by Marjorie George
My father was one of those persons for whom life just did not work — a good man who got beat down, who couldn’t keep a job, who drank a little too much. “Bless his heart,” the old ladies would say, clucking their tongues and adding, “His poor wife and children.”
I didn’t know why, still don’t know why, the promising lad from high school (he was actually class president) didn’t live up to being the most likely to succeed. Maybe it was because he was raised by a mean, cold, distant woman. Maybe it was the never-diagnosed clinical depression. Maybe it was the War. Mother wouldn’t talk about it. No one talked about it.
When Dad could get work it was driving a cab or mowing a lawn or pumping gas. Sources of shame for my teenage self. I hadn’t learned yet that all work is honorable. That was many years in the coming.
The worst day, the very worst memory, was the shopping trip with my girl friends. One of us had a car, so we piled in and headed for the downtown department stores. Dear old Dad’s job at the time was taking tickets in the Montgomery Ward parking lot. Of course that’s where we parked. And everyone saw — MY father, in his khaki shirt and pants and a pith helmet shading his balding head from the sun. TAKING THE PARKING TICKETS. I was mortified. I scurried across the parking lot with my head down, sure my friends were whispering about it behind me.
Shame then and shame for years because of my shame then. I should have been a better daughter, my critical adult self has hammered. I should have cut him slack for at least trying.
But that teenage pain was not something Eucharist or Bible study or even the sacrament of confession has been able to transform.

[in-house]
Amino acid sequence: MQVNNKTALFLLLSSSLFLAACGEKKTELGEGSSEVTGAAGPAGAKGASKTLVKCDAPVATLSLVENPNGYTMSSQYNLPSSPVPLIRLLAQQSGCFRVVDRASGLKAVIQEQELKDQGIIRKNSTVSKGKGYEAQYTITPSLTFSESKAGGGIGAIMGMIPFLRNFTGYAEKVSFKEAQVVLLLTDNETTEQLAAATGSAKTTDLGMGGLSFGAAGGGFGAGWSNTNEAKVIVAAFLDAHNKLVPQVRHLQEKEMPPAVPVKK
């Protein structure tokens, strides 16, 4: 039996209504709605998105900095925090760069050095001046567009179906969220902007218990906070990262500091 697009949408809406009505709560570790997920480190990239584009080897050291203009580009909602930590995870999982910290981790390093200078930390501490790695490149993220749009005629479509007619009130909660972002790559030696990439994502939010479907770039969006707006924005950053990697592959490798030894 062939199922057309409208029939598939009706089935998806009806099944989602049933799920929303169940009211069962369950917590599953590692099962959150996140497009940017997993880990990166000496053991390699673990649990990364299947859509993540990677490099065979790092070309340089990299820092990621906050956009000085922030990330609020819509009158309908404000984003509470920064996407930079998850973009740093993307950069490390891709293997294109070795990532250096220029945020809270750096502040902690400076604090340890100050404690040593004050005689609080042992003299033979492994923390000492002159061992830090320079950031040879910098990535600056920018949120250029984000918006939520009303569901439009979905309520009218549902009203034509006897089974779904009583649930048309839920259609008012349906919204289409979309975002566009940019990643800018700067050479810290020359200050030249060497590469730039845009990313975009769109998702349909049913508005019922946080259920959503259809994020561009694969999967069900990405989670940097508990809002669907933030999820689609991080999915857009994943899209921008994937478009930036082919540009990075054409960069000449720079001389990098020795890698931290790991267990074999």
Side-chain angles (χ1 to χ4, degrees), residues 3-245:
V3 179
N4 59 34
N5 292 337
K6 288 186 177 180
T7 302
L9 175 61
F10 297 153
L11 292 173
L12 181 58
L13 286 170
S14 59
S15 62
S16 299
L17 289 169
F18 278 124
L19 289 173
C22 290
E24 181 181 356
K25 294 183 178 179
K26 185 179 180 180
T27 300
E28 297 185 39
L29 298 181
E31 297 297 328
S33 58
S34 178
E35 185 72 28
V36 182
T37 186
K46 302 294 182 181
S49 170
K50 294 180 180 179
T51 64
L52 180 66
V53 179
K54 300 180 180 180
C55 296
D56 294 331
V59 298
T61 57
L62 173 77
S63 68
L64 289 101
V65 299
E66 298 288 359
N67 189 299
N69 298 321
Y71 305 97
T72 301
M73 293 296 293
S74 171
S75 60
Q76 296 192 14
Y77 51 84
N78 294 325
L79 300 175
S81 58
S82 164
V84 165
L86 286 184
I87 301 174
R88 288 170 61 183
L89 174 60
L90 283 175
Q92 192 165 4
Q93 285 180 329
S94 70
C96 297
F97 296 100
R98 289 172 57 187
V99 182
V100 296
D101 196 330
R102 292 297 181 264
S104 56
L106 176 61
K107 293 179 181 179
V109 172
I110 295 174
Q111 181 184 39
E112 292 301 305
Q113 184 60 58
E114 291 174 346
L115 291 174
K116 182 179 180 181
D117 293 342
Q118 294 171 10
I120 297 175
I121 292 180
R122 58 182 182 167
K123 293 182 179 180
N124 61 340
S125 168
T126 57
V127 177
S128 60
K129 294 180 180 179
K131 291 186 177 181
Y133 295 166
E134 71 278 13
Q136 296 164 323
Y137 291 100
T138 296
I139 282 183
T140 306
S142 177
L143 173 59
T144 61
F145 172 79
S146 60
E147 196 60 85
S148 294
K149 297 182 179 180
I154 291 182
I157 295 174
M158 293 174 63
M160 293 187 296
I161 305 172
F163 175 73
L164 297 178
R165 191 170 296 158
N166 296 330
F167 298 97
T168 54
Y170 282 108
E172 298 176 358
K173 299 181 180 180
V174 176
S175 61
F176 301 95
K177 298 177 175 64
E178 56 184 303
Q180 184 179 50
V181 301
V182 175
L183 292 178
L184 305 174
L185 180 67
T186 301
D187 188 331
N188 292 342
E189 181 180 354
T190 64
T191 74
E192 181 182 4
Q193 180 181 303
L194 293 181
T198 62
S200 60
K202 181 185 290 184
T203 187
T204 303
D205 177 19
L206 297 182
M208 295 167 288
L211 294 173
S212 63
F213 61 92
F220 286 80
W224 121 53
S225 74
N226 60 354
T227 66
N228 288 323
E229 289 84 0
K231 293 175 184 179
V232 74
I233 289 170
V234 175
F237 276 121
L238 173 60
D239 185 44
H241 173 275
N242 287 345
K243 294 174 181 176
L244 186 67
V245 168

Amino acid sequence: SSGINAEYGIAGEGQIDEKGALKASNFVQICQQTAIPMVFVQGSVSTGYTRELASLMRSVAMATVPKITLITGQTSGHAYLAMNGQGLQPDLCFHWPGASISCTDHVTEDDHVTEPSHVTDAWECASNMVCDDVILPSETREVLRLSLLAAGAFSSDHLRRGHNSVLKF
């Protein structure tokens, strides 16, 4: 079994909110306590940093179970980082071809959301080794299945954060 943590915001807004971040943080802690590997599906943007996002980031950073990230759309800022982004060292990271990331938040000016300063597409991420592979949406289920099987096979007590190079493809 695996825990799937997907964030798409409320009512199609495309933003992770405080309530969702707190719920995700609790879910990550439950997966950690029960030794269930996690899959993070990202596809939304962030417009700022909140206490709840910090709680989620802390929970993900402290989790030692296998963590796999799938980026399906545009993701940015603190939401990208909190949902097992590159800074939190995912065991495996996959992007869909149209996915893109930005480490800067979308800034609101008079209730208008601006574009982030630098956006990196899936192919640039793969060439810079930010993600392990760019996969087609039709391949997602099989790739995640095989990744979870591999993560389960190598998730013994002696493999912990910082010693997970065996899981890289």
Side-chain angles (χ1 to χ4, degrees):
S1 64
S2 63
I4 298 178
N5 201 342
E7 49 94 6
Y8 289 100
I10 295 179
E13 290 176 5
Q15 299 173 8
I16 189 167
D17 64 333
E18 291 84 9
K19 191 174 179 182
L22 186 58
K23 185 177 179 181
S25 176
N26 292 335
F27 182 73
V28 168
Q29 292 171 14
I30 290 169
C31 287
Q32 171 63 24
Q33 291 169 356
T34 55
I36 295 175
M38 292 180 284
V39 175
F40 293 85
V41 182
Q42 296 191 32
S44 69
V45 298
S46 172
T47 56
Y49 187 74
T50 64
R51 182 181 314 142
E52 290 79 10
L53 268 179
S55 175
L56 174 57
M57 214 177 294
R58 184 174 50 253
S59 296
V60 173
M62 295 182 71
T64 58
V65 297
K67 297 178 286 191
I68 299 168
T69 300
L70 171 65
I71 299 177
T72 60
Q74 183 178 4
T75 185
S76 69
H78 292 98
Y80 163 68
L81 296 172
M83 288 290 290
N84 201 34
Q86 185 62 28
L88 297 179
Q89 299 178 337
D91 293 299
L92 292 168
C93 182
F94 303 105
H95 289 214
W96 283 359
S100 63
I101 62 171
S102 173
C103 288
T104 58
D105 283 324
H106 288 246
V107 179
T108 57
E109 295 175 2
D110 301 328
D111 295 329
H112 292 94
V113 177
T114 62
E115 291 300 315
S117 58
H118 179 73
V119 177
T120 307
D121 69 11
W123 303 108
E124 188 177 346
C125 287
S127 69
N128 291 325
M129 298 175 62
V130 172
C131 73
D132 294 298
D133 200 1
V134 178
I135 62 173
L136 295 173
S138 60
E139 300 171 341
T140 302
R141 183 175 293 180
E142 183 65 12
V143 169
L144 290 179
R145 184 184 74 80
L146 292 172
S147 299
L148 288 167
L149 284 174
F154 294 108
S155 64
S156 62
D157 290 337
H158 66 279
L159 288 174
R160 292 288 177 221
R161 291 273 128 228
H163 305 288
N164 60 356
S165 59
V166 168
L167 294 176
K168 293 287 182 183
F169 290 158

Yes, it happened. Yes, it was painful. There it is; all these years removed I can name it. And what shall I do with that memory? The Spirit whispers: “Meet it with compassion.” Compassion for the man who was, indeed, trying, and who was probably in more pain than I can imagine. Compassion for the teenage girl who was still learning from the circumstances life handed her.
“See it through the eyes of God,” suggests a friend to whom I have told this story. Invite the tenderness and kindness and forgiveness of which only God is capable into that remembered image. Allow it to be transformed with no effort of my own, only through the exquisite, unending, ever-enduring grace and compassion of God.
My father died many years ago; painful memories have a longer lifespan. Like the unclean spirit that could only be cast out by Christ himself (Mark 9:14-29), some memories can only become life-giving instead of life-damaging through God’s grace and compassion. As we review our lives and recall debilitating emotions like shame, pray that we will be able to appropriate that compassion for ourselves as well as others.
In With Open Hands, the classic devotional guide originally published in 1972, Henri Nouwen calls us to engage compassion. As you pray this, see how you can apply it to situations and persons from your past as well as the present. Recall the prayer when you are facing situations in which you might need to be compassionate.
As you draw me ever deeper into your heart,
I discover that my companions on the journey are women and men
loved by you as fully and as intimately as I am.
In your compassionate heart,
there is a place for all of them.
No one is excluded.
Give me a share in your compassion, dear God,
so that your unlimited love may become visible
in the way I love my brothers and sisters.